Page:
The Transylvania Times -

By Lenora Carver
Staff Writer" 

Board: School Consolidation Is Not Feasible

 

March 8, 2011



The Board of Education says consolidation of Rosman and Brevard high schools is "impossible" at this time.

During its recent annual retreat, school board members discussed what it would mean financially and structurally to consolidate the county's two high schools.

"In order for us to consolidate, Brevard High School could not accommodate all the students," said Board member Sheila Norman. "I know we are not considering it, but the only way we would be able to do this is that we would have to build a new facility."

Norris Barger, director of business services, agreed the Brevard High School campus would be unable to hold the amount of students currently enrolled in both schools.

He said the school would have to undergo major renovations, and even if they could afford this, it would still mean a two-hour bus ride for some students who live in the Whitewater area. He said the only other option was to build a new school to hold all the students and that would be located between the two schools.

"It would cost around $50 million for a roughly 1,000 student high school," said Barger. "And you're talking about $25 million to renovate."

Superintendent Jeff McDaris said the cost of a new building was based on similar projects that were occurring around the state. McDaris added these projects were also being built on cheaper land than what could be found in Transylvania County.

"Even in the bad real estate market, you are still talking about a lot of money," said board member Cindy Pettit, who is also a real estate agent.

McDaris added there is also not a lot of cheap land in Transylvania County that is out of the floodplain, can be built upon and has access to water and sewer.

Renovations to the Brevard High campus, McDaris said, would require a second story on the current building, while parking, which is currently tight, would still be an issue. A consolidated high school, he said, would still need the same amount, if not more, teachers and the same number of administrators since the state still requires a certain amount of teachers and administrators with larger schools.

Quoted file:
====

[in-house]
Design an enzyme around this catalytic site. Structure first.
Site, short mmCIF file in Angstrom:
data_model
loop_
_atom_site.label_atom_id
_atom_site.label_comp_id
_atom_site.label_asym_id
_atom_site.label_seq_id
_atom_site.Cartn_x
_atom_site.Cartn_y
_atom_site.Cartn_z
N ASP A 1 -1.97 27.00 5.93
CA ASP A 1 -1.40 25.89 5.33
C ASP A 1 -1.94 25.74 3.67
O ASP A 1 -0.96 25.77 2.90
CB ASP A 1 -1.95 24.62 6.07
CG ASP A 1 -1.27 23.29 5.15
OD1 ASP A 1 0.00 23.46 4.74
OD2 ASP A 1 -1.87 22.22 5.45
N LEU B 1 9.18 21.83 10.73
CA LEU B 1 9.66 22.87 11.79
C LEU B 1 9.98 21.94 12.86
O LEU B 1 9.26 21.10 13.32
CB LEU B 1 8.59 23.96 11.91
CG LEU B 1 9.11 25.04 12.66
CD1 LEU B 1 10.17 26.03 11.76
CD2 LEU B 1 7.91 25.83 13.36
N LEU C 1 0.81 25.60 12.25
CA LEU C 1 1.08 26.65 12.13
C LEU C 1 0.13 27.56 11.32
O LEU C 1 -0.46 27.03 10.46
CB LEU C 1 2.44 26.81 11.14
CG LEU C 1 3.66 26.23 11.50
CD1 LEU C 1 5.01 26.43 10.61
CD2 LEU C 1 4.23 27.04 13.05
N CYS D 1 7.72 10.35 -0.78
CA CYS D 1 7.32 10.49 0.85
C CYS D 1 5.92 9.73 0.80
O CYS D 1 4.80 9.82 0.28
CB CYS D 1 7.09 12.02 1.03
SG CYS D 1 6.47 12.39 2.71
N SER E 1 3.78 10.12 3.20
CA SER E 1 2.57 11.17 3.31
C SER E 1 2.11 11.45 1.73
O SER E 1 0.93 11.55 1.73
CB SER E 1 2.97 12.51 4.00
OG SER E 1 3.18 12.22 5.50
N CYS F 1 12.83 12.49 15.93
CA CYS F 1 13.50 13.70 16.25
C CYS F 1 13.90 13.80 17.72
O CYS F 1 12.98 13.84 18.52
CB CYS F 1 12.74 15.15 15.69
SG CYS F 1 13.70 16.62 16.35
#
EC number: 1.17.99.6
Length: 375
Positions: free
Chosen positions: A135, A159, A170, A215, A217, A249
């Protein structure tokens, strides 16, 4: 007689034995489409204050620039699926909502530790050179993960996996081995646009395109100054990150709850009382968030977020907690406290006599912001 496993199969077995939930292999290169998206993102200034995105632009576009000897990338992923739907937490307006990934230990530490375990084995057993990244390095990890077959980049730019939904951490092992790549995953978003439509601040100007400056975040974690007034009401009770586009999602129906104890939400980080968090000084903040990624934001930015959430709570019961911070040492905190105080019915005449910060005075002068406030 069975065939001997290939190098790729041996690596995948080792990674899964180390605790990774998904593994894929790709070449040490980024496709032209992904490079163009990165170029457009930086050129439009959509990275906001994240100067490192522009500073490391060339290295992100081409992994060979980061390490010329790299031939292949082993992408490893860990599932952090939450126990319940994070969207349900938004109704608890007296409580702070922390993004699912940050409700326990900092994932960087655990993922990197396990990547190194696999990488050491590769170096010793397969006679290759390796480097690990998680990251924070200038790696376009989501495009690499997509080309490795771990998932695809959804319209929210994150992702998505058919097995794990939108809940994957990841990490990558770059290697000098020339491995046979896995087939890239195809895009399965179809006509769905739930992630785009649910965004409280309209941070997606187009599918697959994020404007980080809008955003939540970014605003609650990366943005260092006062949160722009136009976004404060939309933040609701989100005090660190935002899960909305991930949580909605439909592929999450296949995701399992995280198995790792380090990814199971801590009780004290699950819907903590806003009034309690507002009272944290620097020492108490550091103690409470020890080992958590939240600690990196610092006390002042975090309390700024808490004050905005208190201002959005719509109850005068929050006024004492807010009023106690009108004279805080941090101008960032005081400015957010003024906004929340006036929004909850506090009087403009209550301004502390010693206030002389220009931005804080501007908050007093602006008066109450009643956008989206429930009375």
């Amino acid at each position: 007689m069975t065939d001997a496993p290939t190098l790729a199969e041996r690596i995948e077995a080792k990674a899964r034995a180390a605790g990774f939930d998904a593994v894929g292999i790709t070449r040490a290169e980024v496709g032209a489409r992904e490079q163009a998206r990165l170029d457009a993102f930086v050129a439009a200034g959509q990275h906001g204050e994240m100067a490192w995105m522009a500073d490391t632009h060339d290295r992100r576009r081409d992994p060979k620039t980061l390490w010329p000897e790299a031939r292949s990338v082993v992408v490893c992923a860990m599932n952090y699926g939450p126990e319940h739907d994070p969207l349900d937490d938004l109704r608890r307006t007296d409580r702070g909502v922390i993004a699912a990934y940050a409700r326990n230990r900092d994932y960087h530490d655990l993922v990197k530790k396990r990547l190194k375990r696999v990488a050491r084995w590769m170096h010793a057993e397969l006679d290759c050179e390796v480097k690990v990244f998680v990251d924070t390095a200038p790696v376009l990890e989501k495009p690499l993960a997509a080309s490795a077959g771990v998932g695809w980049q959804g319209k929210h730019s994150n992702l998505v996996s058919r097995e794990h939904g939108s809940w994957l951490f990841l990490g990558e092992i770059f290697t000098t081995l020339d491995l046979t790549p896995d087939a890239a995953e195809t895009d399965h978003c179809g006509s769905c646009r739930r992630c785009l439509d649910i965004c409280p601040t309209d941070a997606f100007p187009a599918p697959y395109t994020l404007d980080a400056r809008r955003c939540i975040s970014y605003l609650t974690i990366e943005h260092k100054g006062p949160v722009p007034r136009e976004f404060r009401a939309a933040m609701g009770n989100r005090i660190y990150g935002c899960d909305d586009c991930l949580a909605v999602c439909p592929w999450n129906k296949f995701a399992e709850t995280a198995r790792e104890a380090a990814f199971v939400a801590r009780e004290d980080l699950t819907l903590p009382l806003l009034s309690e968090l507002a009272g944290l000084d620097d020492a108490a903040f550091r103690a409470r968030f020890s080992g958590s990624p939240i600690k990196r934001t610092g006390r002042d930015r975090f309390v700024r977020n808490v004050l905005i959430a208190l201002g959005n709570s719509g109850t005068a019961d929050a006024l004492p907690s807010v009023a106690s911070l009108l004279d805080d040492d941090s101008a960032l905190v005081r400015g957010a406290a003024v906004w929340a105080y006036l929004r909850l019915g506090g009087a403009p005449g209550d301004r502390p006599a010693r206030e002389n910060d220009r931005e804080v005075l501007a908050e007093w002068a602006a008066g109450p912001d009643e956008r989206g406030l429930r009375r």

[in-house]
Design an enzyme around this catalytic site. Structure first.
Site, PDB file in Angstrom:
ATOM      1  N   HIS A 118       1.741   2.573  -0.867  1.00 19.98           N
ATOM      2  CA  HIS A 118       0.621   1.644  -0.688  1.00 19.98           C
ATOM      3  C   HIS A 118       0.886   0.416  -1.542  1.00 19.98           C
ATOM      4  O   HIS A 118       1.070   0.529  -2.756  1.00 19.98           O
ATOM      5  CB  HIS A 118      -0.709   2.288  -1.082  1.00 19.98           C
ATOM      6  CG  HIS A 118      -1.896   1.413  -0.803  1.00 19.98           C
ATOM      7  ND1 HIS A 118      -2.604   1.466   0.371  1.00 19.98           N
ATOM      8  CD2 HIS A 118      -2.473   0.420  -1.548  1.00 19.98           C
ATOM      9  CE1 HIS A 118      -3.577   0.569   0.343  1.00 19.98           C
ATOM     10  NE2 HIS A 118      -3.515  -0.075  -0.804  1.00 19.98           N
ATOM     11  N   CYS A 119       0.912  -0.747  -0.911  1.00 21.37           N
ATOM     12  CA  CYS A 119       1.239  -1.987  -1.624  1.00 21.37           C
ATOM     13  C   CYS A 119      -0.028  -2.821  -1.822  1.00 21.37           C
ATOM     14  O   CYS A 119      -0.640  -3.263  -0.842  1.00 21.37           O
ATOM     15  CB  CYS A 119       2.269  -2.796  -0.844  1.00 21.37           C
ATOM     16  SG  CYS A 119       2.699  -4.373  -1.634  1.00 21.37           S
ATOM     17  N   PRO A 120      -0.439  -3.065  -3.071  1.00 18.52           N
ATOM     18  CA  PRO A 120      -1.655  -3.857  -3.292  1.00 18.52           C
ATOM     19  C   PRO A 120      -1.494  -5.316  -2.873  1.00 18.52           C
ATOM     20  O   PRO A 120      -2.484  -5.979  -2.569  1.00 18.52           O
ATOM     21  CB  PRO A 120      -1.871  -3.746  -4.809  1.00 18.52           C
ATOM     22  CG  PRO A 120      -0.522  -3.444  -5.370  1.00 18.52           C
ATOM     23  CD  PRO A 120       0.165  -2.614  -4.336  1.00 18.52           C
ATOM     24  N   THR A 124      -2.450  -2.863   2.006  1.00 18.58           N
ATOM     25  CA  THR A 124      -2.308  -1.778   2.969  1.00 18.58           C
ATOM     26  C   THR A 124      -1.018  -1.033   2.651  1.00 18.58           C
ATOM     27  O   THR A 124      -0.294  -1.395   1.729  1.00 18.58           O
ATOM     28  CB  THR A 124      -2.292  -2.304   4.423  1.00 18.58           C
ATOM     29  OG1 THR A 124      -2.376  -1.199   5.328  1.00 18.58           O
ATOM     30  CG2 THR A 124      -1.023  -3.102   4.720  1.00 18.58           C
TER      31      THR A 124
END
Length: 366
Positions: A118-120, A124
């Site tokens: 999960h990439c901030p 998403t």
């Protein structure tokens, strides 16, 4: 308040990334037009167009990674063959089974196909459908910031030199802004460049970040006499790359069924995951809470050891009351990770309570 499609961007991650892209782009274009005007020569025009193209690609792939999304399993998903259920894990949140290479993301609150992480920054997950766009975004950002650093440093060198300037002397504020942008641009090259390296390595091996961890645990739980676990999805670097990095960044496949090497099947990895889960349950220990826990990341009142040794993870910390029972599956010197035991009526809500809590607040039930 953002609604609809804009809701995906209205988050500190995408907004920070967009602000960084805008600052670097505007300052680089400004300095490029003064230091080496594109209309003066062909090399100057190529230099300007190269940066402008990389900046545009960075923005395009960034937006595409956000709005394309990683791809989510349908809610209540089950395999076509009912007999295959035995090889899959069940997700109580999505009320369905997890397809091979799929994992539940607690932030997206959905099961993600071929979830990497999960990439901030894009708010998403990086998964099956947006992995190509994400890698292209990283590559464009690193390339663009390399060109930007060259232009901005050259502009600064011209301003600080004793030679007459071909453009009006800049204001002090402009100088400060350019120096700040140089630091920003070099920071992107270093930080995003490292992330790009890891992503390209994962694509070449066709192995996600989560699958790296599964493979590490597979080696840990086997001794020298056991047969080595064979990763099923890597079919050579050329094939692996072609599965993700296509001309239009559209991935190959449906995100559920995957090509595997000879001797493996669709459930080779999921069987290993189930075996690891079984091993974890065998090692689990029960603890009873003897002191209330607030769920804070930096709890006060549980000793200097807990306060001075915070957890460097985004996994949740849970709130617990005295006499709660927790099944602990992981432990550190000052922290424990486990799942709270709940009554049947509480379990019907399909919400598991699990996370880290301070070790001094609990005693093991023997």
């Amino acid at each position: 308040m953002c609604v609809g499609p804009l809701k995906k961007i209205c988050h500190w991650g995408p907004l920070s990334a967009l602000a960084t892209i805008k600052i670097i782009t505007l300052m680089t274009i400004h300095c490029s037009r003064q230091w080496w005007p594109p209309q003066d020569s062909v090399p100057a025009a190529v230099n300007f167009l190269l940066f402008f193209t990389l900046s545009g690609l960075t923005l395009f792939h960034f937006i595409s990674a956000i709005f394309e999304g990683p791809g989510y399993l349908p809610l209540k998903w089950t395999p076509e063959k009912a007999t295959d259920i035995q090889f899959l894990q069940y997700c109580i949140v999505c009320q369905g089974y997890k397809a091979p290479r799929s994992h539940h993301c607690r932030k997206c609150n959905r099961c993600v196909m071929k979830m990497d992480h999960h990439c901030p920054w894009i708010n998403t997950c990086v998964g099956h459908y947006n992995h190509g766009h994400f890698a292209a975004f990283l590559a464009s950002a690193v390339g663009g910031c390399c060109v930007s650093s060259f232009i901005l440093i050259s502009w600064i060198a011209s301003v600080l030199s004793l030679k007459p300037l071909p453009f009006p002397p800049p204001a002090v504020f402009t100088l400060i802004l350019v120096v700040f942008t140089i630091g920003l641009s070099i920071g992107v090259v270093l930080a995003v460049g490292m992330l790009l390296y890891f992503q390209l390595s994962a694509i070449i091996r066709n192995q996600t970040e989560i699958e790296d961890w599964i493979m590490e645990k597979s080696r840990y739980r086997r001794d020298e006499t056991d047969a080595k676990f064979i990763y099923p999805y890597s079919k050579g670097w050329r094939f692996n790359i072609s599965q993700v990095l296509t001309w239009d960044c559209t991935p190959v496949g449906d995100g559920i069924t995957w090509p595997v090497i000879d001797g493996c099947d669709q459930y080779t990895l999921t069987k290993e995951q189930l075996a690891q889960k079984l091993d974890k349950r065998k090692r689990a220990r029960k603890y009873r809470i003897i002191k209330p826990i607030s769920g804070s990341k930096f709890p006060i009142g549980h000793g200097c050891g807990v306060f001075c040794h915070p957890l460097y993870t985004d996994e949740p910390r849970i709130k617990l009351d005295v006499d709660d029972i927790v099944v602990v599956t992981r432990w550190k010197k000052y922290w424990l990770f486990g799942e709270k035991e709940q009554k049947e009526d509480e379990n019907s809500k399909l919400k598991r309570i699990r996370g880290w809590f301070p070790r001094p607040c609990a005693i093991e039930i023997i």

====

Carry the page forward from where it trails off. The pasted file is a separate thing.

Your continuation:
Plus, there would have to be a brand new school name, which would mean brand new band uniforms that cost around $300 each.

McCoy said that besides the cost, they had to consider the quality of education. She said even though enrollment numbers have decreased over the years neither school could absorb each other at this point.

McDaris agreed.

He said 20 years ago Brevard High School housed more than 1,000 students, but since that time, they have lost 22 classrooms to computer labs, a library, guidance and counseling, and special education.

Petit said school consolidation didn't seem possible.

"Realistically, even if we wanted to, the money is not there," she said. "They can talk consolidation, but the money is not there."

Districting

Recent weather issues and school cancellations led the board to also talk about districting.

Because there can be sun in Brevard and snow on the mountain, people want to know why we can't go to districting, said McDaris.

Districting would allow the school system to consolidate schools into groups.

McDaris said almost every time it snowed there were be unsafe roads all over the county, from Cedar Mountain to East Fork to Brevard, that would be dangerous for transporting children or requiring staff to drive.

He said it was impossible to separate the school system into districts based on driving or weather conditions.

McCoy said she lived in Brevard and her road was unsafe for several days while other Brevard roads were in good condition.

"We have a lot of staff on both ends of the county and we have an open enrollment," added McDaris.

Open enrollment allows a parent to enroll a child at any school in the county regardless of where they reside.

"So we have a lot of kids traveling and a lot of staff," said McDaris.

McDaris said while he understands it is frustrating for those who live in town or on N.C. 280, he said there are areas where people were just unable to travel safely, and he did not want to jeopardize lives.

He added it was almost impossible to have districting and open enrollment. Currently more than 100 students, and it could be as high as 400, who advantage of open enrollment.

He said it was hard to determine the exact number of students who use open enrollment since schools only report incoming students that take advantage of the policy.

Whitmire agreed that districting did not lend itself to the current school situation.

McDaris said that it would be something they would keep considering while continuing to explore other possibilities like bus zone pick-up areas where students could meet their buses.

 
 

Powered by ROAR Online Publication Software from Lions Light Corporation
© Copyright 2017